other, less secure, method of payment.

3. Draft Documentary/Document Against Payment (D/P) (SECURE)

The next best method of payment is by sight draft documentary collection, commonly known as documents against payment or D/P transactions. In this case, the exporter uses the services of a bank to effect payment. The seller will ship the goods, and the bill of lading and a draft (that is, a document like a check in the amount of the
sale drawn on the buyer which is payable to the seller) will be forwarded to the seller’s bank. The seller’s bank will forward such documents to the buyer’s bank in the foreign country (sometimes the seller or its freight forwarder
sends the documents directly to the foreign bank—this is known as Direct Collection), and the foreign bank will collect payment from the buyer prior to the time that the goods arrive. If payment is not made by the buyer, the correspondent bank does not release the bill of lading to the buyer, and the buyer will be unable to take possession
of the goods or clear customs. Direct collections are often used for air shipments to avoid delays through the seller’s bank and, also, because air waybills are non-negotiable.

4. Time Draft/Document Against Acceptance (D/A) (LESS SECURE)

The next least secure payment method is to utilize a time draft, commonly known as documents against acceptance or D/A transactions. Like the sight draft transaction, the bill of lading and time draft are forwarded through banking channels, but the buyer agrees to make payment within a certain number of days (for example, 30 to 180) after she receives and accepts the draft. Normally, this permits the buyer to obtain possession of the goods and may give the buyer enough time to resell them before her obligation to pay comes due. However, documents against acceptance transactions are a significantly greater risk for the seller because, if the buyer does not pay at the promised time, the seller’s only recourse is to file a lawsuit—the goods have already been released to the buyer.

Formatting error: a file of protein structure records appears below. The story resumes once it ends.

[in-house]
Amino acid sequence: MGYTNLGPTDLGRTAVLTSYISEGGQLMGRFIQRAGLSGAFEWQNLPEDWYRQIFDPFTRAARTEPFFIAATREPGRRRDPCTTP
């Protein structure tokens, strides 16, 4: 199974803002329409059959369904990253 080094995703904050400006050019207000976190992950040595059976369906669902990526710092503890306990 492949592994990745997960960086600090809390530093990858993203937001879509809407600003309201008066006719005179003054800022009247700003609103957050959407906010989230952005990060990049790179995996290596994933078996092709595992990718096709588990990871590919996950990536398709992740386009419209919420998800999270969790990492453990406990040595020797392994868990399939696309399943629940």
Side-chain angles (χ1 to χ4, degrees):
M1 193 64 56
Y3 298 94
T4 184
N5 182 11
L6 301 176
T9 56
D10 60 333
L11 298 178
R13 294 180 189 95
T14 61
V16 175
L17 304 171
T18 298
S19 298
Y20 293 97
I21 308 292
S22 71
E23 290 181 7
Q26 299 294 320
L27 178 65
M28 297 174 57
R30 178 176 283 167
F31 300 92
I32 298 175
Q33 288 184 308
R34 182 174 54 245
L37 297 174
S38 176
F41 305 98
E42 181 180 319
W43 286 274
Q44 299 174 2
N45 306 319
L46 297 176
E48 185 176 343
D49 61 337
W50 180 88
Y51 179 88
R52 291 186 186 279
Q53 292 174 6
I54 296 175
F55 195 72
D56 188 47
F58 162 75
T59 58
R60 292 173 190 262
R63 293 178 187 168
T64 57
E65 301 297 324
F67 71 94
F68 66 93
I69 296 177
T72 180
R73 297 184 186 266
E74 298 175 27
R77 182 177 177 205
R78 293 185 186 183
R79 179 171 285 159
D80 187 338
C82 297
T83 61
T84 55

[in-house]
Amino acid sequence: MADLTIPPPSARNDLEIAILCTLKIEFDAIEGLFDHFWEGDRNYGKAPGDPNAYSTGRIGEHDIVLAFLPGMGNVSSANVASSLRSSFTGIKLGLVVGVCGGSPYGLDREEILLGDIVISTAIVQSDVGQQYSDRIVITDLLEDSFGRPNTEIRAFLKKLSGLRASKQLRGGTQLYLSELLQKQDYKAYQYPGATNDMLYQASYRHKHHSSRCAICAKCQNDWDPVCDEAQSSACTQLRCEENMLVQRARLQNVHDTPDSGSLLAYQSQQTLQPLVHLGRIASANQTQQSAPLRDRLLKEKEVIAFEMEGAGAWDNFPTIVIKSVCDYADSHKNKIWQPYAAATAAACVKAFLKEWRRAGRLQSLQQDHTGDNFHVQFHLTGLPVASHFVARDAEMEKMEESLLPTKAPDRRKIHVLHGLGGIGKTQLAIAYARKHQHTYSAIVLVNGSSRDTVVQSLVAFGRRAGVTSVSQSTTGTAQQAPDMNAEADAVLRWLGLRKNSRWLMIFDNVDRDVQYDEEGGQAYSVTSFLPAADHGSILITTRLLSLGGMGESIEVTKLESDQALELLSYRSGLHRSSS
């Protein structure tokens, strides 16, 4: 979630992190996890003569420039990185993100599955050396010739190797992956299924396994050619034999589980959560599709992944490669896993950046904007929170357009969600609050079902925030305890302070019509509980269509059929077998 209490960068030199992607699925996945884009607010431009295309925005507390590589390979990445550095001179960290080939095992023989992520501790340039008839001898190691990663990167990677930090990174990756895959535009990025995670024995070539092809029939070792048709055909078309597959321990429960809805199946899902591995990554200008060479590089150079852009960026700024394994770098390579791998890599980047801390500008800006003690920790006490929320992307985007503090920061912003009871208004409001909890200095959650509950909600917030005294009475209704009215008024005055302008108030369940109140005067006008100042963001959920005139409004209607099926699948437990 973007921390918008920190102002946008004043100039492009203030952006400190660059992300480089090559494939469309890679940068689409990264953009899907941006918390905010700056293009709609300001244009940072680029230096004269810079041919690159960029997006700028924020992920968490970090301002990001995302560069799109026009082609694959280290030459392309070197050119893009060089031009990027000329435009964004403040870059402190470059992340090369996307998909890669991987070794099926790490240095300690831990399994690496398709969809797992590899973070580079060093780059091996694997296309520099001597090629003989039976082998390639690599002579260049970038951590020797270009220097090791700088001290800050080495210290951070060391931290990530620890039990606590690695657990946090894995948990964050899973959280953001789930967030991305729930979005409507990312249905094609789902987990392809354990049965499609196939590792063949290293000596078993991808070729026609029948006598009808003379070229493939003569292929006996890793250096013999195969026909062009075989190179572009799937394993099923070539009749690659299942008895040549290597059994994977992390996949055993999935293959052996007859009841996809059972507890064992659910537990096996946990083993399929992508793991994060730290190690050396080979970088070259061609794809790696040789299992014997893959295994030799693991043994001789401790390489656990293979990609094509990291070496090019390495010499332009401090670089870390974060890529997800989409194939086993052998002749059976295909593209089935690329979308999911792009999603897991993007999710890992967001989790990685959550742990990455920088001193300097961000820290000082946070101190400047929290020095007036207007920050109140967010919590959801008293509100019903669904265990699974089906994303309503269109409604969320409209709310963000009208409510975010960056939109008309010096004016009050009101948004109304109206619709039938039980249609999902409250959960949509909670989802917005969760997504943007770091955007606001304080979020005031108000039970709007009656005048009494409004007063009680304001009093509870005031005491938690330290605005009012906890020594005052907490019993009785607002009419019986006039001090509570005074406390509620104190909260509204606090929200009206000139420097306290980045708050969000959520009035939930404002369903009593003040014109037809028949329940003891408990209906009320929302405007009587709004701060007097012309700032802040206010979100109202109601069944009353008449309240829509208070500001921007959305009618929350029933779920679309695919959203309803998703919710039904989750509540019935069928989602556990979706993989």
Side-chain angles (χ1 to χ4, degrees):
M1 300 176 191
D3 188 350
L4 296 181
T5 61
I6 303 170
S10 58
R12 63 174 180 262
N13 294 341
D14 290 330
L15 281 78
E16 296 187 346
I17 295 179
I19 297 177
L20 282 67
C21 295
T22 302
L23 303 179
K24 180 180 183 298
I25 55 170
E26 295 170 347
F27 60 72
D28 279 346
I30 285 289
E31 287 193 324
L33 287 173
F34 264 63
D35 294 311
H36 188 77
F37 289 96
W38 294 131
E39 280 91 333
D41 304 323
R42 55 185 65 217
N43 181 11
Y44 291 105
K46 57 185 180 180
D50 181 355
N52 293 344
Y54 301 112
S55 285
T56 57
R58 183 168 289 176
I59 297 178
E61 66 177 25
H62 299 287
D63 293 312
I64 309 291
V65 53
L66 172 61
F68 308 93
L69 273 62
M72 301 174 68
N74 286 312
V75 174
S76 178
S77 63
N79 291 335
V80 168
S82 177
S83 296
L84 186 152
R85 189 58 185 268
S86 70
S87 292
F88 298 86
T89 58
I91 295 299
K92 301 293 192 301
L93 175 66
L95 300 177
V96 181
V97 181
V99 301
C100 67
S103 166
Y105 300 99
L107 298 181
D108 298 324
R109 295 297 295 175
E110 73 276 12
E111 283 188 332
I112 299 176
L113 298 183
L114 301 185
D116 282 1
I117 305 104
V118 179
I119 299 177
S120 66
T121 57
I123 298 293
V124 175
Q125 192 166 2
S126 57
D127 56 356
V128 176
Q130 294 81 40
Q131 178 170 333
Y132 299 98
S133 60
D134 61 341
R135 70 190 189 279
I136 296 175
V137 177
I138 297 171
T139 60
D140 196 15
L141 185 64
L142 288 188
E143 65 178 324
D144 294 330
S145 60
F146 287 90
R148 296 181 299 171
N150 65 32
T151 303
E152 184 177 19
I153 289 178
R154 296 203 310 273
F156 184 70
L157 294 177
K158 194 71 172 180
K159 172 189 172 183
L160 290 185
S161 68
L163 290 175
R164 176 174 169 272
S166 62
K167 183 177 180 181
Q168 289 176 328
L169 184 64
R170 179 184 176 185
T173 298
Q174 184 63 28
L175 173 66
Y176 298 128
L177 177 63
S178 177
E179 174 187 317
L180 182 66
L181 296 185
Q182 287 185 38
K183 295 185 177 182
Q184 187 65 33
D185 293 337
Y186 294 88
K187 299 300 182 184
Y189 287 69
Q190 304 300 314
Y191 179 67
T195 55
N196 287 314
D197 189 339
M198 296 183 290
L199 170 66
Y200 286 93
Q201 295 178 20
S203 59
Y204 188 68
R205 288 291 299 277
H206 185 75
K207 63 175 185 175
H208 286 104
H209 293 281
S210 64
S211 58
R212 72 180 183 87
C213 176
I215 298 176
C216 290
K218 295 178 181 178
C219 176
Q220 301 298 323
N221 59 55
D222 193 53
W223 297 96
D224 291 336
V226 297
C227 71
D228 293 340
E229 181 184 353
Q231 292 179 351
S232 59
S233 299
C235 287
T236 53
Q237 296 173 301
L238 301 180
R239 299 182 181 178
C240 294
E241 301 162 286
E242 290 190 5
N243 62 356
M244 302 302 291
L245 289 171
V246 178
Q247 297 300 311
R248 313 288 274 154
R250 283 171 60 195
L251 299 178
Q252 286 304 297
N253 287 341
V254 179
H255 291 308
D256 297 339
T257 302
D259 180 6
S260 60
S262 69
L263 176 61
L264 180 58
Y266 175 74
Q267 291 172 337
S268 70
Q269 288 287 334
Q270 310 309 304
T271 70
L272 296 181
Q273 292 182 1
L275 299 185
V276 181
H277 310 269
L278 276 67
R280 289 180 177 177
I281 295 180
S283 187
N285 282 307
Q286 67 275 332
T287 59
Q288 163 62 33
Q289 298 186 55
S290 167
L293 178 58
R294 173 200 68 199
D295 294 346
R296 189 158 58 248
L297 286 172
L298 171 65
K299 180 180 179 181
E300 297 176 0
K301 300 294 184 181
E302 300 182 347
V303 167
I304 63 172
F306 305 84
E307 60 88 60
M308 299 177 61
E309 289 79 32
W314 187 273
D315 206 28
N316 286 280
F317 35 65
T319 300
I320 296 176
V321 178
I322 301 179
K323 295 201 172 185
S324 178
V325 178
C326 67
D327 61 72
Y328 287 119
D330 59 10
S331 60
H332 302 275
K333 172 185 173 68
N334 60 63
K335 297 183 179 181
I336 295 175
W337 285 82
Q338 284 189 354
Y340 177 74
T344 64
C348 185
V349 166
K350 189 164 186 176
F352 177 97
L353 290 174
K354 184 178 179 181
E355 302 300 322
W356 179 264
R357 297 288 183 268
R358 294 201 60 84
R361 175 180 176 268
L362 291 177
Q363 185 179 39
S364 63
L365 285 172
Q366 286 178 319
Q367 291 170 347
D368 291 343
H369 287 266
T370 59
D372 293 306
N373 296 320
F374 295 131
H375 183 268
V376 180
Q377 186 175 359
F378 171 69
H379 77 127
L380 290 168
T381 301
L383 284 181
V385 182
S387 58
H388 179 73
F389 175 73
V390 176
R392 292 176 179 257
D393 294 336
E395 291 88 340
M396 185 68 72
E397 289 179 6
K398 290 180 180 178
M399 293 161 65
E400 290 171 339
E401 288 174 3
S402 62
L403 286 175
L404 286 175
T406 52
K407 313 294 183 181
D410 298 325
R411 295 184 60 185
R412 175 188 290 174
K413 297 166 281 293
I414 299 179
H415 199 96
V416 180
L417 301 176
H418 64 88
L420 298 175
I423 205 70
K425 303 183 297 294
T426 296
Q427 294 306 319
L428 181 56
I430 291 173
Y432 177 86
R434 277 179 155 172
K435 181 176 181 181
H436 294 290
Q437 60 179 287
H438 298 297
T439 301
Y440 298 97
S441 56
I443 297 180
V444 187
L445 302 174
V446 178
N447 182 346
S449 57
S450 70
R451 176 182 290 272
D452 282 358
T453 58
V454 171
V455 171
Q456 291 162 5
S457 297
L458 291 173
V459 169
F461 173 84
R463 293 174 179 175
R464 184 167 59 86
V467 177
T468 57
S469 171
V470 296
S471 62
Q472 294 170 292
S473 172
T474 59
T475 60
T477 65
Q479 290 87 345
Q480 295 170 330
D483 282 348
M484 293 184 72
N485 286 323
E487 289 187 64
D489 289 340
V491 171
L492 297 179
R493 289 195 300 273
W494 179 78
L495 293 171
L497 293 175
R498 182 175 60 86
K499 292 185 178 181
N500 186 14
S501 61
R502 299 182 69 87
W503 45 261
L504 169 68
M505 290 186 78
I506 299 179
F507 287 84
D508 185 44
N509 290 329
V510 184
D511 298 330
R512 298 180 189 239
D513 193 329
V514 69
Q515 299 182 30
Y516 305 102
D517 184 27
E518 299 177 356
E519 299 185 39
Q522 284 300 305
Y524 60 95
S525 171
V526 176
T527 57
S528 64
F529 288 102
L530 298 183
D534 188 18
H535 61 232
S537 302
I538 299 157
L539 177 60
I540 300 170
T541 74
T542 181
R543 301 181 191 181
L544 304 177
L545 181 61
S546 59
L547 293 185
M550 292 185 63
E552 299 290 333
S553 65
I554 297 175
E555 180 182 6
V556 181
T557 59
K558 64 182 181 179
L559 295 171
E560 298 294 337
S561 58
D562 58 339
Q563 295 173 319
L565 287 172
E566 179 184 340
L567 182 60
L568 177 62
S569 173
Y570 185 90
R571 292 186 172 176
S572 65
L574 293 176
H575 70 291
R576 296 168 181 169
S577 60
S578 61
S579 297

5. Open Account (Payment on Delivery) (LESS SECURE)

The least secure payment method is sale on open account, where the seller makes the sale and the shipment by forwarding the bill of lading and a commercial invoice directly to the buyer for payment. Because the bill of lading is sent directly to the buyer, once it leaves the possession of the seller, the seller will be unable to control what happens to the goods and the buyer will be able to obtain the goods whether or not payment is made.

6. Counter trade (LESS SECURE)

Another method of payment that may arise in international sales is counter trade. Counter trade describes a variety of practices, such as barter (an exchange of goods), counter purchase (where the seller must agree to purchase a certain amount from the buyer or from another seller in the buyer’s country), or offset (where the seller must
reinvest some of the sales profits in the buyer’s country).

These are the most common ways by which you can transact business internationally. That is why it is better you ask your buyer how he or she will like to pay you, and make sure you agreed on a particular mode of payment before sending out your goods as an exporter.

Please, leave your comments or question below.